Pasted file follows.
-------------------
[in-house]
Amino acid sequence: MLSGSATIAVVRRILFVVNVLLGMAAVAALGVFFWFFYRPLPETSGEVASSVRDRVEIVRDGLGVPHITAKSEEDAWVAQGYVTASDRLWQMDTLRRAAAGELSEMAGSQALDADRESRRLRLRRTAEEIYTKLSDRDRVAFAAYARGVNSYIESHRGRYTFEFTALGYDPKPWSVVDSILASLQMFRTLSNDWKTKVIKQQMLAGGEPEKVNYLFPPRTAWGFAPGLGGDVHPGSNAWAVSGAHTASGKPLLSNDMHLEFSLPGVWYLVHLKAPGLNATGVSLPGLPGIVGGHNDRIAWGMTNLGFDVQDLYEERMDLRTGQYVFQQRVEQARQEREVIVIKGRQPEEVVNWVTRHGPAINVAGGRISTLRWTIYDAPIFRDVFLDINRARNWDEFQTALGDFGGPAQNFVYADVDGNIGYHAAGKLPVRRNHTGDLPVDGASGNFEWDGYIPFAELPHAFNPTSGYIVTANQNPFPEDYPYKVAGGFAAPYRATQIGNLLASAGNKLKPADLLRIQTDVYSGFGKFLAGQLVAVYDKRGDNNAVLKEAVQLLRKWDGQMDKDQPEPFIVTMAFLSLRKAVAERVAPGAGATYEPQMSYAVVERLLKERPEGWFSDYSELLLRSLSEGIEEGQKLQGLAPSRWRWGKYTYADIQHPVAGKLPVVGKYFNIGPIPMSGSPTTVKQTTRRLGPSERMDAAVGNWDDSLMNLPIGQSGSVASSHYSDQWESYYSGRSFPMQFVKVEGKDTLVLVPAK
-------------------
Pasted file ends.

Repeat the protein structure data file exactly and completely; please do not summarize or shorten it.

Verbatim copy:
[in-house]
Amino acid sequence: MLSGSATIAVVRRILFVVNVLLGMAAVAALGVFFWFFYRPLPETSGEVASSVRDRVEIVRDGLGVPHITAKSEEDAWVAQGYVTASDRLWQMDTLRRAAAGELSEMAGSQALDADRESRRLRLRRTAEEIYTKLSDRDRVAFAAYARGVNSYIESHRGRYTFEFTALGYDPKPWSVVDSILASLQMFRTLSNDWKTKVIKQQMLAGGEPEKVNYLFPPRTAWGFAPGLGGDVHPGSNAWAVSGAHTASGKPLLSNDMHLEFSLPGVWYLVHLKAPGLNATGVSLPGLPGIVGGHNDRIAWGMTNLGFDVQDLYEERMDLRTGQYVFQQRVEQARQEREVIVIKGRQPEEVVNWVTRHGPAINVAGGRISTLRWTIYDAPIFRDVFLDINRARNWDEFQTALGDFGGPAQNFVYADVDGNIGYHAAGKLPVRRNHTGDLPVDGASGNFEWDGYIPFAELPHAFNPTSGYIVTANQNPFPEDYPYKVAGGFAAPYRATQIGNLLASAGNKLKPADLLRIQTDVYSGFGKFLAGQLVAVYDKRGDNNAVLKEAVQLLRKWDGQMDKDQPEPFIVTMAFLSLRKAVAERVAPGAGATYEPQMSYAVVERLLKERPEGWFSDYSELLLRSLSEGIEEGQKLQGLAPSRWRWGKYTYADIQHPVAGKLPVVGKYFNIGPIPMSGSPTTVKQTTRRLGPSERMDAAVGNWDDSLMNLPIGQSGSVASSHYSDQWESYYSGRSFPMQFVKVEGKDTLVLVPAK